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The May 2009 Kiteboarding Photo of the Month -- This kiter scores almost 100 feet of air - unreal!
May 02, 2009

Hi,

This months photo of the month absolutely blows my mind - I know that we can catch huge air while kiting, but this is beyond my imagination... check it out!

As Eternal as it May Seem, it's Finally Over! This Month's Photo is a Tribute to the Dying Winter.

This month's Photo of the Month is a true testament to the diversity, beauty, and sheer power of kiteboarding. I don't think I'd be alone if I told you that I hate winter – it's cold, snowy, dark...and I could never do any of the water sports that I really love. That is, until I started to kiteboard.

What often starts out as an opportunity to hone skills over the winter, commonly explodes into a full fledged addiction. Short sessions on a lake quickly turn into mountain runs that involve massive air, riding straight up steep slopes, blistering bursts of speed, and actual flights to the bottom (if conditions are right, you can glide the entire way down a hill).

If you have ever considered getting out on the snow, try it! You never know, you might just find yourself sorry to see the snow go - just like I was not too long ago...for the very first time in my life.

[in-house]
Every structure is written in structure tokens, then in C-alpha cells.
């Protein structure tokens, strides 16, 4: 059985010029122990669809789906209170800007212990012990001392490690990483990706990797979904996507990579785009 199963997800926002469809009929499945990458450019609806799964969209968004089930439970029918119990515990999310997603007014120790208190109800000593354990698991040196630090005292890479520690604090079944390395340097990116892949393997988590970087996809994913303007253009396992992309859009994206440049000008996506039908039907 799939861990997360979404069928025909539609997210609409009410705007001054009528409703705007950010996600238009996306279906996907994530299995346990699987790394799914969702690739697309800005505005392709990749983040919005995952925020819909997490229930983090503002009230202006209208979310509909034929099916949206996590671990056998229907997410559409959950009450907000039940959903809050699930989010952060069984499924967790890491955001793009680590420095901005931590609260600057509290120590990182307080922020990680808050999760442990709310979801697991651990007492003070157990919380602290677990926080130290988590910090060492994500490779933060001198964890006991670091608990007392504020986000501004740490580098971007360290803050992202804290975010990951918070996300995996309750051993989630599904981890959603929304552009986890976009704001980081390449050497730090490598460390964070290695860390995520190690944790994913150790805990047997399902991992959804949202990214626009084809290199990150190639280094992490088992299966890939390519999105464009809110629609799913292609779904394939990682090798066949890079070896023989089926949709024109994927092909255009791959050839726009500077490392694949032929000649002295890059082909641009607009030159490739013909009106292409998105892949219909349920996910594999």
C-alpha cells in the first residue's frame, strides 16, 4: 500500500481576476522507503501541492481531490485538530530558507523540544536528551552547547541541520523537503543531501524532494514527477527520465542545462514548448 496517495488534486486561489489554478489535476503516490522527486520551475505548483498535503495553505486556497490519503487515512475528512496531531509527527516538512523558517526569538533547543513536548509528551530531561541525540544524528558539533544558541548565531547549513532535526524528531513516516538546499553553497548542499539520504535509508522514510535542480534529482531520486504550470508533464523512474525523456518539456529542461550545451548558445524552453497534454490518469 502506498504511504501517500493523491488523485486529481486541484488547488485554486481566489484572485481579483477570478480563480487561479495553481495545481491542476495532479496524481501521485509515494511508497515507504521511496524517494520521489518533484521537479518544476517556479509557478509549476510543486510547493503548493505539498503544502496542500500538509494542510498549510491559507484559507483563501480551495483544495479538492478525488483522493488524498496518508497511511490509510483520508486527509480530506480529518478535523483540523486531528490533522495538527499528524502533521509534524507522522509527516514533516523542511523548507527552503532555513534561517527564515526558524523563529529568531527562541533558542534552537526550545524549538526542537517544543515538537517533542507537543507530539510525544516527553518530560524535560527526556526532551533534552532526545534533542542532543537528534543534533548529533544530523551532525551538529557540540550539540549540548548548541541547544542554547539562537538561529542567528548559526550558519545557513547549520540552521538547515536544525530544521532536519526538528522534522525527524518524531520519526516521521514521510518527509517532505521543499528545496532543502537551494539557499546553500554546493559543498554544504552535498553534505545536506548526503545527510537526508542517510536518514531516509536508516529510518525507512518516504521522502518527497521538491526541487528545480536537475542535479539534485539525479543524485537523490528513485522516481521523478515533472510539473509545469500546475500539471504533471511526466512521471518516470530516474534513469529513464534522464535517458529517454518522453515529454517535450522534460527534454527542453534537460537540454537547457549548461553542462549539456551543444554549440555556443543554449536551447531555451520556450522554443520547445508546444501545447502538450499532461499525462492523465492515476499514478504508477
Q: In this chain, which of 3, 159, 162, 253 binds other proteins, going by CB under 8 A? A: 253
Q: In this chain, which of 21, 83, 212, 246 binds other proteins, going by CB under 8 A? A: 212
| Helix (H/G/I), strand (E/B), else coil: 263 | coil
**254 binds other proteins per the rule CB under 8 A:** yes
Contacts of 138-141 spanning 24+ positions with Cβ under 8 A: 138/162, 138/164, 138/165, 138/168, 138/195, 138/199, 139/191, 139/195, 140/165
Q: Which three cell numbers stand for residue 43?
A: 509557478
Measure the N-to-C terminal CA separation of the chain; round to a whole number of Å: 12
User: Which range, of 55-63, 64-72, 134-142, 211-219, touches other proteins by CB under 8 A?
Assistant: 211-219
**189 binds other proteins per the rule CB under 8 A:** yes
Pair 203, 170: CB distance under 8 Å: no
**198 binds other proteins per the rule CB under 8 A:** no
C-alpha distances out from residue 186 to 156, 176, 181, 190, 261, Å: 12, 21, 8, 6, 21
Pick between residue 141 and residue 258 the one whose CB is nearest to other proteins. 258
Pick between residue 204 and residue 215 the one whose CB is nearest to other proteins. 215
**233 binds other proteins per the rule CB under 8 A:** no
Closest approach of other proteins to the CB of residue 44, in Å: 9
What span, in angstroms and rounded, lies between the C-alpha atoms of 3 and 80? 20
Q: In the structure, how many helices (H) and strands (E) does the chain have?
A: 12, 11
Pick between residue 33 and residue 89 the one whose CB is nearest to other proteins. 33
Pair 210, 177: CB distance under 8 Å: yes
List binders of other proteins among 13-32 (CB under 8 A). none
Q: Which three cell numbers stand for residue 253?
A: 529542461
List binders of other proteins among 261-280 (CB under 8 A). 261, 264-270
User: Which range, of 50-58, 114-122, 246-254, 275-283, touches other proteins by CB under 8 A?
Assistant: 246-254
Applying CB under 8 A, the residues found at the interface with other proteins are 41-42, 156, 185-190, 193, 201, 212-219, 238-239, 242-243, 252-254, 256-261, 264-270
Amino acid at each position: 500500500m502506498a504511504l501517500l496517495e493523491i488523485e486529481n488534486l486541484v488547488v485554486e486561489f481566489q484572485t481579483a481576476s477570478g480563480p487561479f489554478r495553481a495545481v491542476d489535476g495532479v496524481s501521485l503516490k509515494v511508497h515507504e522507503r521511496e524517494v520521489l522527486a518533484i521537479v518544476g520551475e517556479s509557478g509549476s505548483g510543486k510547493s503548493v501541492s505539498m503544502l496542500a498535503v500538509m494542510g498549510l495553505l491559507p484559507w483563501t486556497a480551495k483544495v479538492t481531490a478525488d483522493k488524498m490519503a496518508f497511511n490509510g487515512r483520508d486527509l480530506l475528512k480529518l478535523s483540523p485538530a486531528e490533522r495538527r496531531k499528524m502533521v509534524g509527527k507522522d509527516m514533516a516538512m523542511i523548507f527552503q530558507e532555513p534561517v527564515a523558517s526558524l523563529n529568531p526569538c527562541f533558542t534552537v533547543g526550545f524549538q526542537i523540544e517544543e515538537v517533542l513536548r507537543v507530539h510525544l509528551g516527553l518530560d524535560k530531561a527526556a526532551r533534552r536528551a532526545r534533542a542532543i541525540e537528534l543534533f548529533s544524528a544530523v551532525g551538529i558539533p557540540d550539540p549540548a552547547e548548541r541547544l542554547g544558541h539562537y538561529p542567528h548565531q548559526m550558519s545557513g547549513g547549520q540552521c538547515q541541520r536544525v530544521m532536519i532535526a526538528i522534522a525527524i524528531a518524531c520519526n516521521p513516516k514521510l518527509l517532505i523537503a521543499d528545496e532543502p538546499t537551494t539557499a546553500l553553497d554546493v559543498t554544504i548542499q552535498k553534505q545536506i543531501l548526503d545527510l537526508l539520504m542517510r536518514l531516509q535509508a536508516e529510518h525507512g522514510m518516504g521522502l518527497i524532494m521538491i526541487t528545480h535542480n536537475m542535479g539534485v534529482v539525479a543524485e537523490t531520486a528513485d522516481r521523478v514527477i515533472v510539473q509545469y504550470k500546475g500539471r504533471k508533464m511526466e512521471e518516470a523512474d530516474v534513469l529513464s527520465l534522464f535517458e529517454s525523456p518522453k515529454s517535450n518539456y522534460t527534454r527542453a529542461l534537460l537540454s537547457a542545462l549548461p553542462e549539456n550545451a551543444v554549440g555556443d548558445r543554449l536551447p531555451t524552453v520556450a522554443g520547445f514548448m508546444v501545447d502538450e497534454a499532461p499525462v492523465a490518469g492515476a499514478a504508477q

Do you have a photo that absolutely trumps this one? How about one that captures the true beauty of kiteboarding? Or even one that is just plain fun?! If so, I'd love to give it a chance to be the next Photo of the Month – just send it to photoofthemonth@kiteboardingevolution.com

The Battle of the Trainers – An Update on the Trainer Kite Reviews.


The trainer kite reviews are inching closer and closer to completion and the answers that I really want to know. The questions are pretty simple, but if you're new, here's what will be answered:

  • Do two line re-launchable kites really work? To me it sounds almost too good to be true, so I'm putting them to the test.

  • Do three line kites make flying the kite convenient enough to justify the added cost?

  • What kites are the highest quality and most durable?

  • What size of kite is most suitable for people of different weights in varying wind conditions?


  • While the answers are far from conclusive, here are some of the results from the tests so far.

    • Do two line re-launchable kites really work? So far the answer to this question is yes and no. The most success with a 2 line re-launch has been with the small kites (under 2.0m2). The testers have managed to re-launch these kites a whooping 50% of the time.

      With kites 2.0m2 and larger, the two line re-launch has not worked very well at all. The kite generally tangles on the ground and the windier it gets, the more it tangles. The current success rate for a two line relaunch is under 30%, and absolutely no one (myself included) has been able to do it on the first try. I personally was ready to burn the kite after a few attempts.